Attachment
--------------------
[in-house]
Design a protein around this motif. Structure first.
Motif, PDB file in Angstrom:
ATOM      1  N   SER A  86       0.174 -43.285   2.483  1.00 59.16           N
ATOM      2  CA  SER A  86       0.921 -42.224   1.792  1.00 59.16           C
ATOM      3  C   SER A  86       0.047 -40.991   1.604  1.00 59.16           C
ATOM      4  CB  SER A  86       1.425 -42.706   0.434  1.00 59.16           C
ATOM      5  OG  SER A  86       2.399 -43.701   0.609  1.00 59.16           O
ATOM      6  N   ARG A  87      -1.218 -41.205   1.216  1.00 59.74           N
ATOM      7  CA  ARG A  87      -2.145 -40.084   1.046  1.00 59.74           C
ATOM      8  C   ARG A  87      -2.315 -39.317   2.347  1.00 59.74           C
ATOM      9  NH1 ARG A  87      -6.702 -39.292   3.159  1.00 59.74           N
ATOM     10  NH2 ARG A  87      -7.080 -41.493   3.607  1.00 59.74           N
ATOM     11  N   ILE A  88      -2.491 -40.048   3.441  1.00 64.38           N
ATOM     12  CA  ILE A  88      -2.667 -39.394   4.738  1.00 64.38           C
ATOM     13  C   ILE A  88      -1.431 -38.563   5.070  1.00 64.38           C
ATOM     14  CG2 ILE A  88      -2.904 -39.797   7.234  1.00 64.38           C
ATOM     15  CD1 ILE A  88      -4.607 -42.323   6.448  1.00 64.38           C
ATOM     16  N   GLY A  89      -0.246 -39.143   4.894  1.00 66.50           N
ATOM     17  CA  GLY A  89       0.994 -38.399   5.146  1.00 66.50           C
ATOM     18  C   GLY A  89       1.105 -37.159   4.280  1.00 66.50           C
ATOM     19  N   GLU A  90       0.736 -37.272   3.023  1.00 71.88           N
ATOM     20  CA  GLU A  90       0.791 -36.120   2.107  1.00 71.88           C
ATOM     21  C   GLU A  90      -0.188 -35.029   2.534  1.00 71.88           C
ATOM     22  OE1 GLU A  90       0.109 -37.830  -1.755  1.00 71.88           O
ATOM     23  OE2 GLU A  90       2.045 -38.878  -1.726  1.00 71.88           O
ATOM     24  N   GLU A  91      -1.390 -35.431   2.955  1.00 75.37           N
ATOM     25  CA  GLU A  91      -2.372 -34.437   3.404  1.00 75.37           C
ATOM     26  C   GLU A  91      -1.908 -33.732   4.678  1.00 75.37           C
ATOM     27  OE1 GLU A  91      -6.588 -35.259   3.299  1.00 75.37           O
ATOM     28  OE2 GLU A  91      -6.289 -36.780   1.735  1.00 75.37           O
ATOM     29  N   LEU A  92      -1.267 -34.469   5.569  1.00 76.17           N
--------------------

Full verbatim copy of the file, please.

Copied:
[in-house]
Design a protein around this motif. Structure first.
Motif, PDB file in Angstrom:
ATOM      1  N   SER A  86       0.174 -43.285   2.483  1.00 59.16           N
ATOM      2  CA  SER A  86       0.921 -42.224   1.792  1.00 59.16           C
ATOM      3  C   SER A  86       0.047 -40.991   1.604  1.00 59.16           C
ATOM      4  CB  SER A  86       1.425 -42.706   0.434  1.00 59.16           C
ATOM      5  OG  SER A  86       2.399 -43.701   0.609  1.00 59.16           O
ATOM      6  N   ARG A  87      -1.218 -41.205   1.216  1.00 59.74           N
ATOM      7  CA  ARG A  87      -2.145 -40.084   1.046  1.00 59.74           C
ATOM      8  C   ARG A  87      -2.315 -39.317   2.347  1.00 59.74           C
ATOM      9  NH1 ARG A  87      -6.702 -39.292   3.159  1.00 59.74           N
ATOM     10  NH2 ARG A  87      -7.080 -41.493   3.607  1.00 59.74           N
ATOM     11  N   ILE A  88      -2.491 -40.048   3.441  1.00 64.38           N
ATOM     12  CA  ILE A  88      -2.667 -39.394   4.738  1.00 64.38           C
ATOM     13  C   ILE A  88      -1.431 -38.563   5.070  1.00 64.38           C
ATOM     14  CG2 ILE A  88      -2.904 -39.797   7.234  1.00 64.38           C
ATOM     15  CD1 ILE A  88      -4.607 -42.323   6.448  1.00 64.38           C
ATOM     16  N   GLY A  89      -0.246 -39.143   4.894  1.00 66.50           N
ATOM     17  CA  GLY A  89       0.994 -38.399   5.146  1.00 66.50           C
ATOM     18  C   GLY A  89       1.105 -37.159   4.280  1.00 66.50           C
ATOM     19  N   GLU A  90       0.736 -37.272   3.023  1.00 71.88           N
ATOM     20  CA  GLU A  90       0.791 -36.120   2.107  1.00 71.88           C
ATOM     21  C   GLU A  90      -0.188 -35.029   2.534  1.00 71.88           C
ATOM     22  OE1 GLU A  90       0.109 -37.830  -1.755  1.00 71.88           O
ATOM     23  OE2 GLU A  90       2.045 -38.878  -1.726  1.00 71.88           O
ATOM     24  N   GLU A  91      -1.390 -35.431   2.955  1.00 75.37           N
ATOM     25  CA  GLU A  91      -2.372 -34.437   3.404  1.00 75.37           C
ATOM     26  C   GLU A  91      -1.908 -33.732   4.678  1.00 75.37           C
ATOM     27  OE1 GLU A  91      -6.588 -35.259   3.299  1.00 75.37           O
ATOM     28  OE2 GLU A  91      -6.289 -36.780   1.735  1.00 75.37           O
ATOM     29  N   LEU A  92      -1.267 -34.469   5.569  1.00 76.17           N